Country houses for sale

The credit crunch in the country

A year ago this week, Liam Bailey, head of residential research at Knight Frank, predicted that ‘the prime UK property market, particularly in London and the South-East, “could cool rapidly” should the financial-services sector see a substantial downturn in profitability, jobs and income’ (Country Life, August 30, 2007). Well, they have and it did. Even leading country-house agents, who’ve seen it all before, have been stunned not so much by the severity of the downturn, as by the speed at which it has happened. But, unlike other sectors of the UK housing market, all of which have been hit in some way by the credit crunch, the country-house market so far shows little sign of grinding to a halt, although it has changed down a gear or two.

For Edward Sugden of buying agents Property Vision (01488 669900) the sector worst affected by the current liquidity crisis has been the market for second homes, especially in the south-west of England, and also the prep-school market, with many parents unable to move because they can’t find buyers for their London homes. However, Mr Sugden expects the market for houses valued at £5 million or more to remain strong, especially in the Cotswolds. ‘It started off in March, with the sale by Strutt & Parker of Duntisbourne House, near Cirencester, for way over the £5m guide price. Since then, more than half a dozen top houses in the region have sold for similarly high prices.’

He points to the current boom in country rentals as further proof of the pent-up demand that continues to build behind the scenes. Compared with recent boom years in the West Country, times are tougher now, agrees Martin Lamb of Savills in Exeter, who, despite the slump in coastal property, recently sold romantic Redlap House in its secret valley near Dartmouth for more than the £5m guide price.

Now Savills (01392 455755) and Knight Frank (01392 423111) are offering idyllic, early-Georgian Bowden House at Bowden, near Dartmouth, with 5½ acres of magical landscaped gardens and woodland in another secret valley, a mile inland from the sea, at a guide price of £2.5m. The elegant, 5,510sq ft rendered stone house, built in 1723 with two wings added in 1823, has three main reception rooms, six bedrooms, four bath/shower rooms, a separate annexe and a coach house (the house and coach house are listed Grade II), all beautifully maintained by the present owners, who have lived there since 1987. The walled kitchen garden is renowned locally, having provided vegetables for the celebrated Carved Angel restaurant in Dartmouth in the 1970s and 1980s.

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A preponderance of older buyers, who are less dependent on mortgage finance, is probably the main reason why the Cornish country-house market has managed to buck the general downward trend this year. Only last week, the Truro office of Savills (01872 243200) exchanged contracts on historic, Grade II*-listed Roskruge Barton, at Manaccan, one of the Lizard Peninsula’s most important houses, for ‘hundreds of thousands more’ than the £1.5m guide price, after spirited bidding by three potential purchasers—one local, two from London.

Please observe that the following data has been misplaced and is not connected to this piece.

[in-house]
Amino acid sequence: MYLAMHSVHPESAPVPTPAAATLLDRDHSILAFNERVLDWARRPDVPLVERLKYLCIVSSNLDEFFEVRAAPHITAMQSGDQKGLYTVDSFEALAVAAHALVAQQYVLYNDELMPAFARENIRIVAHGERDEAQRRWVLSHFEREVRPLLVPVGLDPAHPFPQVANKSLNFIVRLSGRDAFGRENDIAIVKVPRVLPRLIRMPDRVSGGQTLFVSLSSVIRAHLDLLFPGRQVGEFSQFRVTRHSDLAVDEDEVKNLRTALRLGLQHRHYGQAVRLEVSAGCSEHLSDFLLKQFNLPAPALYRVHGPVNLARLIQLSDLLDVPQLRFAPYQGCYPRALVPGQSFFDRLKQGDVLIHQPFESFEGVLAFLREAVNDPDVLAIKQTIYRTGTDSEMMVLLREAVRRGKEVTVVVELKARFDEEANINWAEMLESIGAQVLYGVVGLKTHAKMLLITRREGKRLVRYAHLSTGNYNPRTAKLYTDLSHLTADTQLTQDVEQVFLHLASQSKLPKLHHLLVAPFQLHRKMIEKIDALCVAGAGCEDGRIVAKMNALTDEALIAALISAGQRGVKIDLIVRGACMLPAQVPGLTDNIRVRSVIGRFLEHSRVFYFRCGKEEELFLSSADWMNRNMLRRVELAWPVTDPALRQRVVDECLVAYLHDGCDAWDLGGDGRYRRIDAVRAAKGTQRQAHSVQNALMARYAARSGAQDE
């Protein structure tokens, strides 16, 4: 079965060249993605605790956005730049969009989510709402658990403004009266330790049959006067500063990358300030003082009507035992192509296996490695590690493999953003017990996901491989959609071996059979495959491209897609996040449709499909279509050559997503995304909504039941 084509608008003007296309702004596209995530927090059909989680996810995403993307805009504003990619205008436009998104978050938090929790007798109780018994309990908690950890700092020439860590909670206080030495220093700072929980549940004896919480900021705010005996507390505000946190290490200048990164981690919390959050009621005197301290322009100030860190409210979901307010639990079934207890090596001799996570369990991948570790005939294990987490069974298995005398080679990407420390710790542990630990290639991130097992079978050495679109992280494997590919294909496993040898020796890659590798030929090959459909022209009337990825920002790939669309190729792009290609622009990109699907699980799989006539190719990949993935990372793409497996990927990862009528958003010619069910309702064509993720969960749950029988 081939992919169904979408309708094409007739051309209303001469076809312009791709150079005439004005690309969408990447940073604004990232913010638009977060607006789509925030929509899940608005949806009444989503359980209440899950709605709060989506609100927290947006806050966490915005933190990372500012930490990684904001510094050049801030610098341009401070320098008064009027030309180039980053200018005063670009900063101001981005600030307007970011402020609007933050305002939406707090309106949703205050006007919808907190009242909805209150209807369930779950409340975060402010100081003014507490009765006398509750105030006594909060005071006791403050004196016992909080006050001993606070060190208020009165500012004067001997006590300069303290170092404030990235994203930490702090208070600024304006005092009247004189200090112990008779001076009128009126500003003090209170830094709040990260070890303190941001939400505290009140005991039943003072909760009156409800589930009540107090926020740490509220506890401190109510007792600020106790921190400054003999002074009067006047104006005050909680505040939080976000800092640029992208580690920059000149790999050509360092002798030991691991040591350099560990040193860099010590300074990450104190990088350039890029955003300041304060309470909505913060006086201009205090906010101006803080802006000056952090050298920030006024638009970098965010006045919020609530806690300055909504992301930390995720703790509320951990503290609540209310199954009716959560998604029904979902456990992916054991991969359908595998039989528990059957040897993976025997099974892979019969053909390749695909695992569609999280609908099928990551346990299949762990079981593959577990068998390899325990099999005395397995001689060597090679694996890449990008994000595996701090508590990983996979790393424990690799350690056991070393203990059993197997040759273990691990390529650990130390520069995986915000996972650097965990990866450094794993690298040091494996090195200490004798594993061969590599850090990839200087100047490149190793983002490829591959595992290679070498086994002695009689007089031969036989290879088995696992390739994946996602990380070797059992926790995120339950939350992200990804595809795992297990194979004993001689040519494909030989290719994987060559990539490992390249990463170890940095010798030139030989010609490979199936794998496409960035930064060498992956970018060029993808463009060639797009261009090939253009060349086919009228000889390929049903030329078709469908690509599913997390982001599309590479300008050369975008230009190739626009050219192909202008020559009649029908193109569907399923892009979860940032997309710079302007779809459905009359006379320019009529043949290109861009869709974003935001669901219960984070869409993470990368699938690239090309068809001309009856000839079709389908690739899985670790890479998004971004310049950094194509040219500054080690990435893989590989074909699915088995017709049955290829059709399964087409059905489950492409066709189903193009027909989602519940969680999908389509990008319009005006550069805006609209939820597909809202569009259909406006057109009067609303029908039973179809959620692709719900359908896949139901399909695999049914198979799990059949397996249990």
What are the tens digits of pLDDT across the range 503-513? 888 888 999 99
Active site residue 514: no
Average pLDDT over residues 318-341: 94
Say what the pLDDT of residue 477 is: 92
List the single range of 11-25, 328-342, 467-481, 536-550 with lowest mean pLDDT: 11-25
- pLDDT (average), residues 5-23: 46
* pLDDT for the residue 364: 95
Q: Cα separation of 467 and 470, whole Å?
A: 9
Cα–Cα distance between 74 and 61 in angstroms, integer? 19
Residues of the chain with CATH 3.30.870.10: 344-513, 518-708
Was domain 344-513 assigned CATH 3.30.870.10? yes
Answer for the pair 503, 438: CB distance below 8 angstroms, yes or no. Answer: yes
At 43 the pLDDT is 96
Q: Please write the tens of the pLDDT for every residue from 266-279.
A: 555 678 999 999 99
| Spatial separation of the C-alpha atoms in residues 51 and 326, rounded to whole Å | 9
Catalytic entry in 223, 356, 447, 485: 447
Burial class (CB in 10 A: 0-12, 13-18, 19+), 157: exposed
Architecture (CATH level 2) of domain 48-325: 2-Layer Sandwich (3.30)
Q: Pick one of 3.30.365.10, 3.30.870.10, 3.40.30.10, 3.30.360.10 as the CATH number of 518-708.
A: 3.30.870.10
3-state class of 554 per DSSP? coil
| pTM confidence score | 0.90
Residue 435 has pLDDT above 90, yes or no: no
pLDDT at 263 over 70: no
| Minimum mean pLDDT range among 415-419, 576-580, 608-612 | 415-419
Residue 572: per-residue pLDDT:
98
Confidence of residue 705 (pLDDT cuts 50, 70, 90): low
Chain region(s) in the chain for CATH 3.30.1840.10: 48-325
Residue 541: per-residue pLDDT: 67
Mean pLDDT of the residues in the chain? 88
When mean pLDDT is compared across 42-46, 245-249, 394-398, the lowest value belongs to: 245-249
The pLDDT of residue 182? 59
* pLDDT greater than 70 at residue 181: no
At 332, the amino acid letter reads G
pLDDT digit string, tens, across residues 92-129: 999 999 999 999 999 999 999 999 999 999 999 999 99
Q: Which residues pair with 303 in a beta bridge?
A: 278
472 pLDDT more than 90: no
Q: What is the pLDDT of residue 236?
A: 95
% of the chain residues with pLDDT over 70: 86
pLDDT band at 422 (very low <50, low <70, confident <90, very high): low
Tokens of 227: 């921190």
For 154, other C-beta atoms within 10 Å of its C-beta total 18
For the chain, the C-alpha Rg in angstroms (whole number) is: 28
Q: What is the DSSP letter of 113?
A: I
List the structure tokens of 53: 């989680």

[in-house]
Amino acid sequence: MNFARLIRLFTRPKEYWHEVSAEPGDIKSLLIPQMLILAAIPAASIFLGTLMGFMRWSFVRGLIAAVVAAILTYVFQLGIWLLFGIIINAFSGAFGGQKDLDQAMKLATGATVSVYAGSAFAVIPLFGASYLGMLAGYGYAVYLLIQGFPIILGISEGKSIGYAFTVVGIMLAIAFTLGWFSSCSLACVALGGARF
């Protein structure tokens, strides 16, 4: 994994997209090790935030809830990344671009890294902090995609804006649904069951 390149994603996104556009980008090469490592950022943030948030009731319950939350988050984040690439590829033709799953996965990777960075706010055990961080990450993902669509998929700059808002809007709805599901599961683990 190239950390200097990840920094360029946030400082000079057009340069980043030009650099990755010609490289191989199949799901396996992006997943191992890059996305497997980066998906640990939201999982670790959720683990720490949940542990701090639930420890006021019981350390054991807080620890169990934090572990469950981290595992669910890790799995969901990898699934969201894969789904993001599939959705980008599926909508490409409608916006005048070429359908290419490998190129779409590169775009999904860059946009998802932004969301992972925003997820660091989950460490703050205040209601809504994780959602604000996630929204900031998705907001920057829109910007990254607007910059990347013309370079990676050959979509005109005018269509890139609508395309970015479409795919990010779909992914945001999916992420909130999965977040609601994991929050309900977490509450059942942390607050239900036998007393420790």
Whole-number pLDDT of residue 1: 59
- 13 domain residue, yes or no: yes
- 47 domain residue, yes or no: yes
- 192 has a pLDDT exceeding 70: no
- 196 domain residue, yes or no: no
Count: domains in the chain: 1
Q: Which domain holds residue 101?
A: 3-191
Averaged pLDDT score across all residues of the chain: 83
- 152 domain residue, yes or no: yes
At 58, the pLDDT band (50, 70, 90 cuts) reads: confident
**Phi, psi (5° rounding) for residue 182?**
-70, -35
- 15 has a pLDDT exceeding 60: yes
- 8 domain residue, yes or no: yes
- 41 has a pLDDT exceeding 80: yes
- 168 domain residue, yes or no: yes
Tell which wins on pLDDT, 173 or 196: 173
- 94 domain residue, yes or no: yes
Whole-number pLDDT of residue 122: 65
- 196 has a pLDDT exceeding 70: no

With the second-home market drying up and trophy houses losing their lustre, Andrew Hay of Knight Frank has already seen the country-house market pulling back to its traditional heartland areas within commuting distance of London, with jobs and schools the main focus of buyers’ attention. Country houses around towns such as Guildford, Hungerford, Oxford, Sevenoaks and Winchester will continue to hold their own, he suggests, with good family houses such as Hunton Court, near Maidstone, Kent, which sold for £6.2m against a guide price of £5.5m, always in demand.

Even at the lower reaches of the market, there are plenty of buyers out there, says Andrew Rome of Knight Frank in Winchester, who had 10 potential purchasers on his doorstep within days of an article in Country Life (August 13, 2008) featuring the late Anthony Minghella’s former Test Valley retreat, Dairy House near Stockbridge, at a guide price of £1.4m.

One-off houses, such as Duntisbourne, which can genuinely be described as ‘top of the form’ or ‘best in class’, will always sell, whatever the state of the market, says Henry Holland-Hibbert of Strutt & Parker, whose farming colleagues pulled off the estate deal of the year with the sale of the 2,499-acre Tetworth Hall estate in Bedfordshire for more than the £20m guide price. Generally speaking, however, Mr Holland-Hibbert is ‘disappointed’ with the 40% drop in transactions seen across the board this year, with buyers, on the whole, in wait-and-see mode, and vendors unwilling to commit to putting their houses on the open market in case they don’t sell.